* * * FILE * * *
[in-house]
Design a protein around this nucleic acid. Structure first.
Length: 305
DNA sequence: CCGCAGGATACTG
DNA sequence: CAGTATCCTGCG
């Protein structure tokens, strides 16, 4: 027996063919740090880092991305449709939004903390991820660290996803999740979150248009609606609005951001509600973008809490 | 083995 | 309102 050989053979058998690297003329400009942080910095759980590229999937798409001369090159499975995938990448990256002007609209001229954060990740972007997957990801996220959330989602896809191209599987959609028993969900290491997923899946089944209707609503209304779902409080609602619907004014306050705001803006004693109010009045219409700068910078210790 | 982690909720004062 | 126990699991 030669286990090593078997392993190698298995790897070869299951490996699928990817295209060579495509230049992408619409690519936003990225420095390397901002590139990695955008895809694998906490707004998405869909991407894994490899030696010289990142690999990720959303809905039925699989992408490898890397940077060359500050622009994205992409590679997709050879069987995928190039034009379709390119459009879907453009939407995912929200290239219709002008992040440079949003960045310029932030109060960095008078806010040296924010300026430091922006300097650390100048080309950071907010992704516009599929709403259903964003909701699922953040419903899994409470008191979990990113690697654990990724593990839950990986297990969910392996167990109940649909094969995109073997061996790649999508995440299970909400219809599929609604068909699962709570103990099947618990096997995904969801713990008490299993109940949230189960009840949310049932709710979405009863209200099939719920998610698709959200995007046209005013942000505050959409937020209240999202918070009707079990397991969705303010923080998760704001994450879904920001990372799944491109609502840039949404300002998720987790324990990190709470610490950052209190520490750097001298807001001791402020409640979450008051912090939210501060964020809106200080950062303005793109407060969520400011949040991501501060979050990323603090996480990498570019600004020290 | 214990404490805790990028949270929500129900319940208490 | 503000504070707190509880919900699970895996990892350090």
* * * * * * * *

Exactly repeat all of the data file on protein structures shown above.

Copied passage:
[in-house]
Design a protein around this nucleic acid. Structure first.
Length: 305
DNA sequence: CCGCAGGATACTG
DNA sequence: CAGTATCCTGCG
């Protein structure tokens, strides 16, 4: 027996063919740090880092991305449709939004903390991820660290996803999740979150248009609606609005951001509600973008809490 | 083995 | 309102 050989053979058998690297003329400009942080910095759980590229999937798409001369090159499975995938990448990256002007609209001229954060990740972007997957990801996220959330989602896809191209599987959609028993969900290491997923899946089944209707609503209304779902409080609602619907004014306050705001803006004693109010009045219409700068910078210790 | 982690909720004062 | 126990699991 030669286990090593078997392993190698298995790897070869299951490996699928990817295209060579495509230049992408619409690519936003990225420095390397901002590139990695955008895809694998906490707004998405869909991407894994490899030696010289990142690999990720959303809905039925699989992408490898890397940077060359500050622009994205992409590679997709050879069987995928190039034009379709390119459009879907453009939407995912929200290239219709002008992040440079949003960045310029932030109060960095008078806010040296924010300026430091922006300097650390100048080309950071907010992704516009599929709403259903964003909701699922953040419903899994409470008191979990990113690697654990990724593990839950990986297990969910392996167990109940649909094969995109073997061996790649999508995440299970909400219809599929609604068909699962709570103990099947618990096997995904969801713990008490299993109940949230189960009840949310049932709710979405009863209200099939719920998610698709959200995007046209005013942000505050959409937020209240999202918070009707079990397991969705303010923080998760704001994450879904920001990372799944491109609502840039949404300002998720987790324990990190709470610490950052209190520490750097001298807001001791402020409640979450008051912090939210501060964020809106200080950062303005793109407060969520400011949040991501501060979050990323603090996480990498570019600004020290 | 214990404490805790990028949270929500129900319940208490 | 503000504070707190509880919900699970895996990892350090």